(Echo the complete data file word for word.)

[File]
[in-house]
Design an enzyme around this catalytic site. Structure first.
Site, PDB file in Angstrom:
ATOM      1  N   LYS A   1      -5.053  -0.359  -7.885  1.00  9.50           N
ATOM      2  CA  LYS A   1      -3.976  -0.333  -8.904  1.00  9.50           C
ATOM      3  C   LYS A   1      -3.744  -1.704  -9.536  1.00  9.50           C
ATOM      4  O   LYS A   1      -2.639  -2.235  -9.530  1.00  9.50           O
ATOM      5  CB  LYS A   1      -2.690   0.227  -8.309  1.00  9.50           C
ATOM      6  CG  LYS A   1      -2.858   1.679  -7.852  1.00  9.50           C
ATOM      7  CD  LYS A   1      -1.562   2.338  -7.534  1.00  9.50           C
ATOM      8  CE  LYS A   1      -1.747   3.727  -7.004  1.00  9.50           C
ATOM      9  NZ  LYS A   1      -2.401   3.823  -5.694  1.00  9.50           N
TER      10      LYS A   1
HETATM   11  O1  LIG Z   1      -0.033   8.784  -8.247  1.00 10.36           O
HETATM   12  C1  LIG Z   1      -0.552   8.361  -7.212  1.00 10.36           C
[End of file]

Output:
[in-house]
Design an enzyme around this catalytic site. Structure first.
Site, PDB file in Angstrom:
ATOM      1  N   LYS A   1      -5.053  -0.359  -7.885  1.00  9.50           N
ATOM      2  CA  LYS A   1      -3.976  -0.333  -8.904  1.00  9.50           C
ATOM      3  C   LYS A   1      -3.744  -1.704  -9.536  1.00  9.50           C
ATOM      4  O   LYS A   1      -2.639  -2.235  -9.530  1.00  9.50           O
ATOM      5  CB  LYS A   1      -2.690   0.227  -8.309  1.00  9.50           C
ATOM      6  CG  LYS A   1      -2.858   1.679  -7.852  1.00  9.50           C
ATOM      7  CD  LYS A   1      -1.562   2.338  -7.534  1.00  9.50           C
ATOM      8  CE  LYS A   1      -1.747   3.727  -7.004  1.00  9.50           C
ATOM      9  NZ  LYS A   1      -2.401   3.823  -5.694  1.00  9.50           N
TER      10      LYS A   1
HETATM   11  O1  LIG Z   1      -0.033   8.784  -8.247  1.00 10.36           O
HETATM   12  C1  LIG Z   1      -0.552   8.361  -7.212  1.00 10.36           C